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1 Milsom V, Malcolm R, Cronan G, Pechon S, Miller-Kovach K, Rost S, O’Neil PM. Changes in cardiovascular risk factors with participation in a 12-week weight loss trial using a commercial format. Obesity Reviews 2010; 11(Suppl 1):S244.

2 O’Neil PM, Boeka A, Cronan G, Miller-Kovach K. Changes in weight-related behaviors and hedonic hunger with participation in a 12-week weight-loss trial using a commercial format. Annals of Behavioral Medicine 2010; 39(Suppl): S211.

3 Tappy L. Thermic effect of food and sympathetic nervous system activity in humans. Reprod Nutr Dev. 1996; 36(4):391-7.

4 Jéquier E. Pathways to obesity. Int J Obes Relat Metab Disord. 2002 Sep; 26 Suppl 2:S12-7.

5 Weigle DS, Breen PA. A high-protein diet induces sustained reduction in appetite, ad libitum caloric intake, and body weight despite compensatory changes in diurnal plasma leptin and ghrelin concentrations. Am J Clin Nutr. 2005; 82:41-48.

6 Potier M, Darcel N, Tomé D. Protein, amino acids and the control of food intake. Curr Opin Clin Nutr Metab Care. 2009 Jan; 12(1):54-8.

7 Moran LJ, Luscombe-Marsh ND, Noakes M, Wittert GA, Keogh JB, Clifton PM. The satiating effect of dietary protein is unrelated to postprandial ghrelin secretion. J Clin Endocrinol Metab. 2005 Sep; 90(9):5205-11.

8 Slavin, JL. Dietary fiber and body weight. Nutrition. 2005 Mar; 21(3):411-8. Review.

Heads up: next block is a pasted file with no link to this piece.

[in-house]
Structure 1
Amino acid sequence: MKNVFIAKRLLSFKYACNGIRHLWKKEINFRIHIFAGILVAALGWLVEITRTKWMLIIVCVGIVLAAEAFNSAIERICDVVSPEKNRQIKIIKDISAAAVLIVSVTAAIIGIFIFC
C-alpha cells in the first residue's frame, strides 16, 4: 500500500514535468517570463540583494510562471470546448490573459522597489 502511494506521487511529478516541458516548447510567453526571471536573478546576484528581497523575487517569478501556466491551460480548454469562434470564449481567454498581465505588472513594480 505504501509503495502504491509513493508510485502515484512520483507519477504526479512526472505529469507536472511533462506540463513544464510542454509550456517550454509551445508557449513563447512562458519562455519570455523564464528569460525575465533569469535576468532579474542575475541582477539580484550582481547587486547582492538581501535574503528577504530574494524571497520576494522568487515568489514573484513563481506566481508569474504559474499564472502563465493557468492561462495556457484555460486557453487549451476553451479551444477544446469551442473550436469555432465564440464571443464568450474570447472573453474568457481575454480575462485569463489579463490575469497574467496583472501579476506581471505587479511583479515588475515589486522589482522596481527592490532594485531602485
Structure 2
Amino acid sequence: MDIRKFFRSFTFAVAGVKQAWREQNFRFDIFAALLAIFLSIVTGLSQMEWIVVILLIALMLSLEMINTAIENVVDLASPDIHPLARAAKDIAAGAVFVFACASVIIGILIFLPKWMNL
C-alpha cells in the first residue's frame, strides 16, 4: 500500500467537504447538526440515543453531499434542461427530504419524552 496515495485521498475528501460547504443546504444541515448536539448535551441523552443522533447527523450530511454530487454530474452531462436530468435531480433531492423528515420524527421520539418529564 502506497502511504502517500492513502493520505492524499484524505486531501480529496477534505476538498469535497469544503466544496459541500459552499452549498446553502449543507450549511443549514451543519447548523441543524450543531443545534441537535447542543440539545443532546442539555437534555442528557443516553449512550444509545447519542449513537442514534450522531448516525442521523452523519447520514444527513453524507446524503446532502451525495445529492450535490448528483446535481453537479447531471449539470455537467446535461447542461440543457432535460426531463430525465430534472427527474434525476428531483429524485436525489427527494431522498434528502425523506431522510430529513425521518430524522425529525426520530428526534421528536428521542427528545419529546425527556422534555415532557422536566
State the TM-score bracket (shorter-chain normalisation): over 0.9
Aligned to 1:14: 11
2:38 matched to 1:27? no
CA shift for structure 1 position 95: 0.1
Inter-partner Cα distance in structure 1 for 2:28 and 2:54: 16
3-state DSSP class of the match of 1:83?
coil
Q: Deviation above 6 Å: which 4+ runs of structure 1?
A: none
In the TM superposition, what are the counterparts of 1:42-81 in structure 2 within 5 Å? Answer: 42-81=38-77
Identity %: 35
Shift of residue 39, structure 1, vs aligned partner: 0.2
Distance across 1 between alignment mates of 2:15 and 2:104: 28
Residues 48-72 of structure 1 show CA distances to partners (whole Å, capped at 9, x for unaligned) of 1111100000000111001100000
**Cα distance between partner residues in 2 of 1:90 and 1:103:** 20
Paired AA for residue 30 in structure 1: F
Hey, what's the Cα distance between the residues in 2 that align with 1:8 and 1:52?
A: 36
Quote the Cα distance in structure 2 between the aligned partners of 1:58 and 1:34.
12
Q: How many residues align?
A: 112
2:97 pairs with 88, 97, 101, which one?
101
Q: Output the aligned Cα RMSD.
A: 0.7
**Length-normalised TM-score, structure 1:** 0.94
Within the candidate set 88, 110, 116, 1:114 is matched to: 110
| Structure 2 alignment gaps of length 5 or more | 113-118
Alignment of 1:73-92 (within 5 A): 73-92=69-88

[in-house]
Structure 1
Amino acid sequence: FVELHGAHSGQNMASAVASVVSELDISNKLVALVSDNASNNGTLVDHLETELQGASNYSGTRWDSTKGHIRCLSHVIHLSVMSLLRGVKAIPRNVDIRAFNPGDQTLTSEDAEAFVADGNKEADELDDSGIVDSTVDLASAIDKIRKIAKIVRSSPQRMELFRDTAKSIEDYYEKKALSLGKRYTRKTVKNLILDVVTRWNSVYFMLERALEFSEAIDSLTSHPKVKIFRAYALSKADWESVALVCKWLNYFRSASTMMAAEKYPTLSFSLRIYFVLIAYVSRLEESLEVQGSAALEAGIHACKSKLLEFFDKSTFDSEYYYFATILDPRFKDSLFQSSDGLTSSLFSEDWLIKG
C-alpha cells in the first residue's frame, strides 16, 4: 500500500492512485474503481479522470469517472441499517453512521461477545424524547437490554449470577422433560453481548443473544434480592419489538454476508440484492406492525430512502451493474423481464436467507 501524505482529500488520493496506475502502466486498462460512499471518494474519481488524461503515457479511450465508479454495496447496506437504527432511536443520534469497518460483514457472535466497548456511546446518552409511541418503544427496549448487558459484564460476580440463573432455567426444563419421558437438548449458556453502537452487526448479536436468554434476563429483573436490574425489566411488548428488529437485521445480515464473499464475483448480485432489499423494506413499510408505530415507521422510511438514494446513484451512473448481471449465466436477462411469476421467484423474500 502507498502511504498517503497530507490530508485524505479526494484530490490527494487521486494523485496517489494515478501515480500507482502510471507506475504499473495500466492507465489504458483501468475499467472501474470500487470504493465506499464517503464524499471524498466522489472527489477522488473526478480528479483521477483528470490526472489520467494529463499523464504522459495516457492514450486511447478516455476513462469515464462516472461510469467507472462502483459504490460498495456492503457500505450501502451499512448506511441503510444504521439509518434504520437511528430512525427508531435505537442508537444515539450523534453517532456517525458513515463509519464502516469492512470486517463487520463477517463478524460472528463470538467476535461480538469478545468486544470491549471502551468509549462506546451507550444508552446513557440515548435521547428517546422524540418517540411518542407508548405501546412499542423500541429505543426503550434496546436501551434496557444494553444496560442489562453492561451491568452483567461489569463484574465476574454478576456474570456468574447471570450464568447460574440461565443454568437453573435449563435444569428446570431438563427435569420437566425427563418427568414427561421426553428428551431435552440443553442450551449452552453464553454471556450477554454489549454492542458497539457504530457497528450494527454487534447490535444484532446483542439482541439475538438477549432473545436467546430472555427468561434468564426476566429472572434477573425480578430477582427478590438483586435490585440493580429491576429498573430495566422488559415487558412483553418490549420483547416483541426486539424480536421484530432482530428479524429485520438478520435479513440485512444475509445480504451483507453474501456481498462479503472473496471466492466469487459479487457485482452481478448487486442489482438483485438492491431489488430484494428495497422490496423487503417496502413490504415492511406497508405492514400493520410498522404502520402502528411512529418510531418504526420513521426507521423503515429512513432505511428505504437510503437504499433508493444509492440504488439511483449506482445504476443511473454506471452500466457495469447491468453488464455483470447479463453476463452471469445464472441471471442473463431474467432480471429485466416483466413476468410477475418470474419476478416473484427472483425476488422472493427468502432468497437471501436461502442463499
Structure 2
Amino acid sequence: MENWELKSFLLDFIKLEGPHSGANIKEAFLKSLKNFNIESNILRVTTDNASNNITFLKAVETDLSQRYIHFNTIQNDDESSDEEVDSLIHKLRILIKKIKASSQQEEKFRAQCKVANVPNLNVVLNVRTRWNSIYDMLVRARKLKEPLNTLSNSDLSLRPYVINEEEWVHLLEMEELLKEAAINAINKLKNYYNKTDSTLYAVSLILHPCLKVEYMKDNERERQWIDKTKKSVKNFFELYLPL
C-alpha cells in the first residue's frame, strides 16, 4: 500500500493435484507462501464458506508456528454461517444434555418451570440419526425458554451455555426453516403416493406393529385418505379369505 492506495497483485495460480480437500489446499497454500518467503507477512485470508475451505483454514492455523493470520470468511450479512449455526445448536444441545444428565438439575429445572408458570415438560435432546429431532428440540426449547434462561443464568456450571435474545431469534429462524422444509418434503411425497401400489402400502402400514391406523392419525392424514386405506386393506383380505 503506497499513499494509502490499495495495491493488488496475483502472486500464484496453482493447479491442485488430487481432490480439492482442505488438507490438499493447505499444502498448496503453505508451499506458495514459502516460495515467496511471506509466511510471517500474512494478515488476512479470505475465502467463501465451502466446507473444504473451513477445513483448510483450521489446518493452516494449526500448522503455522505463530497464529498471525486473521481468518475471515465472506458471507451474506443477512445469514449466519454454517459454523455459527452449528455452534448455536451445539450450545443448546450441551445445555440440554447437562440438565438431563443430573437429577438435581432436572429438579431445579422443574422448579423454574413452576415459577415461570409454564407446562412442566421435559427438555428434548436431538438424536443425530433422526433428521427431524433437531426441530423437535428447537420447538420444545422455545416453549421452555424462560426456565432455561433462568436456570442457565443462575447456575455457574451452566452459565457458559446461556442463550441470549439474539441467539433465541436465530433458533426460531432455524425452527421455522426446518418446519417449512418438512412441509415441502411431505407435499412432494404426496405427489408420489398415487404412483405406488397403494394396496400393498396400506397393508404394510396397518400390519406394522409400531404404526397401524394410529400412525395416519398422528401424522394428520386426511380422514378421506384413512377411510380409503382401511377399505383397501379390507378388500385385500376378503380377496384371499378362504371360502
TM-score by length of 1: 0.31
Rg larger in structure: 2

9 Ledikwe JH, Rolls BJ, Smiciklas-Wright H, Mitchell DC, Ard JD, Champagne c, Karanja N, Lin PH, Stevens VJ, Appel LJ. Reductions in dietary energy density are associated with weight loss in overweight and obese participants in the PREMIER trial. Am J Clin Nutr 2007; 85:1212-1221.

10 Flood A, Mitchell N, Jaeb M, Finch EA, Laqua PS, Welsh EM, Hotop A, Langer SL, Levy RL, Jeffery RW. Energy density and weight change in a long-term weight-loss trial. Int J Behav Nutr Phys Act. 2009 Aug 14; 6:57.

11 Report of the Dietary Guidelines Advisory Committee on the Dietary Guidelines for Americans, 2010.

12 State-specific trends in fruit and vegetable consumption among adults --- United States, 2000-2009. MMWR Morb Mortal Wkly Rep. 2010 Sep 10; 59(35):1125-30.

13 O’Neil P, Cronan G, Turner T, Nance L, Malcolm R, Pechon S, Rost S, Miller-Kovach K. Changes in Dietary Energy Density With Participation in a 12-Week Weight Loss Trial Using a Commercial Format. Obesity 2010; 18(Suppl 2):S96.

14 O’Neil P, Cronan G, Turner T, Nance L, Malcolm R, Pechon S, Rost S, Miller-Kovach K. Nutritional Correlates of Energy Density Before and During a 12-Week Weight Loss Trial. Obesity 2010; 18(Suppl 2):S96.